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My six year-old, Simone, is in the Church Christmas pageant for the first time this year. She chose a role befitting her personality. “I chose the choir, Mom, because the kids who have roles don’t get to talk, but the choir sings all the time.”
Simone belts out the pageant carols with gusto. We did eventually have to intervene, though, and inform her that she will need to sing the carols with the original rhythm and tune. She much prefers her versions -- very dramatic, but unrecognizable as “Silent Night” or “Away in a Manger.”
All this pageant activity has put our house in the spirit of Christmas celebration early this year. I find that fitting for two reasons. First, because this feels like a time when we all could stand to start celebrating God’s grace a little early. Second, because we’re trying to do that very thing, much more deliberately at Catholic Charities this year.
I mean no disrespect to Thanksgiving. Indeed, people who start talking about Christmas before the pumpkin pie has been served usually annoy me. Thanksgiving is an important time, and since I’ve been at Charities, I’ve come to see it as marking the beginning of the season of giving to which Christ’s birth calls us.
We will distribute nearly 4,000 turkeys and fixings to needy families at Charities this year, and give out several hundred more grocery gift cards to help families buy Thanksgiving meals. All of the volunteers and donors involved in the turkey distribution, while making Thanksgiving possible, really are reflecting the spirit of Christmas. It is giving, and sacrifice, and the promise of a miracle at a time of great need.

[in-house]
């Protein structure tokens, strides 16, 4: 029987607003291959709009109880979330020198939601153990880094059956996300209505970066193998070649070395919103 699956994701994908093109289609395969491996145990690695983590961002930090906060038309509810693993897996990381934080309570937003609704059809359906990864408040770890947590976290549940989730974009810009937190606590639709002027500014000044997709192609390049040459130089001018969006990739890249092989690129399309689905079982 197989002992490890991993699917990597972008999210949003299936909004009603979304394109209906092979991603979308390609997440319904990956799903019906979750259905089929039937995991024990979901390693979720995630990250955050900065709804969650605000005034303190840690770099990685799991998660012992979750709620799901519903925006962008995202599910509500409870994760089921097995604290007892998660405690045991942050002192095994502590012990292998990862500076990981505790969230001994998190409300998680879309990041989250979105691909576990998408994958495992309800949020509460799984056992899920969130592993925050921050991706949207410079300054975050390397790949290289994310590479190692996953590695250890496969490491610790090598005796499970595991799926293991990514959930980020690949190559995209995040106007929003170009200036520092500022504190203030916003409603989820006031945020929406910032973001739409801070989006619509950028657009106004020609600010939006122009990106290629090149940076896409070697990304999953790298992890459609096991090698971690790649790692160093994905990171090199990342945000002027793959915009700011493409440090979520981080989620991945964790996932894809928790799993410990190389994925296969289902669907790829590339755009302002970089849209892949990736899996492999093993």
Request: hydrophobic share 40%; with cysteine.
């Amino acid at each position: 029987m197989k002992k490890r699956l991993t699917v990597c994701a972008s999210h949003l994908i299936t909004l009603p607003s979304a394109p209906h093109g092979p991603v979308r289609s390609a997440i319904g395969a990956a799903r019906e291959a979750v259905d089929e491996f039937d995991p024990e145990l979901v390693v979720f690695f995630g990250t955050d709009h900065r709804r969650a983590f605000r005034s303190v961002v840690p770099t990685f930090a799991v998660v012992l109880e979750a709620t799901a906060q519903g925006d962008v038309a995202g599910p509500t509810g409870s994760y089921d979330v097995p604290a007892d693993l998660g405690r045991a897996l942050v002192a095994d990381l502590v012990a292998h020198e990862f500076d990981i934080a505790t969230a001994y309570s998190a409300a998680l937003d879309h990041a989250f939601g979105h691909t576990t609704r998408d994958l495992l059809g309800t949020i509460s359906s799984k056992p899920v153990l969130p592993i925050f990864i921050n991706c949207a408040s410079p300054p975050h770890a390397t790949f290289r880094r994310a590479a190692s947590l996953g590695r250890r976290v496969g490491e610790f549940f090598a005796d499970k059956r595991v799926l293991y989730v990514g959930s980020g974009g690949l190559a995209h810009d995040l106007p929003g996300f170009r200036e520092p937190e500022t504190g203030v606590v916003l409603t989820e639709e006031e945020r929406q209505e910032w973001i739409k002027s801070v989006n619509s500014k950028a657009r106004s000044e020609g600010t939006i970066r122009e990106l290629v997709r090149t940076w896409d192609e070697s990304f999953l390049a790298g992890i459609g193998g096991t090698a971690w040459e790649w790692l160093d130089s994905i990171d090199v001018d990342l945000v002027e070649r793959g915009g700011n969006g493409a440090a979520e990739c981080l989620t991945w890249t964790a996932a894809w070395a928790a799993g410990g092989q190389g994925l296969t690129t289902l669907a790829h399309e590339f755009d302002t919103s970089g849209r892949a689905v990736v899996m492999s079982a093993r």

That’s one reason the early Christmas spirit at home has felt so fitting. We are a people in crisis. Our neighbors are suffering, and our futures feel unsure. At Charities, though, we are finding that people are responding to that anxiety by giving what little they have. They are writing checks. They are bringing bags of food into their offices for “brown bag parties” as part of our Friends Feeding Families campaign. They are showing up on cold weekend mornings to hand out turkeys to people in need.
The other reason the early spirit feels so fitting is that, once Thanksgiving is over, Catholic Charities focuses on Christmas very deliberately. Each year, our Greater Boston region holds a Christmas Gala. It’s an important fundraiser, and a great time for our supporters to be together. Often, though, it is just another “holiday gala” that happens in December.
Not this year, and not ever again. We need Christmas. So, on December 19th, we are taking our gala back to basics. We will be doing an unabashed celebration of Jesus’ birth and the miracle he brought with him. We hope to become the annual light in the holiday season morass for our friends and supporters -- the public celebration of Christmas before we celebrate it privately, at home with our families. People who would like to join us at the gala can call Brenda McLean at 617-506-6600 or go to www.ccab.org for tickets.
Kathy Mattea, a country singer, has a song about the Nativity that opens with, “Just another homeless family, hoping for a stranger’s charity.” That is Christmas. That is our call to action as Catholics, and that is our work at Charities. During these difficult times, it can’t be too soon to get into that spirit.
Maybe I can get Simone to sing it for us.
Tiziana C. Dearing is president of Catholic Charities of the Archdiocese of Boston.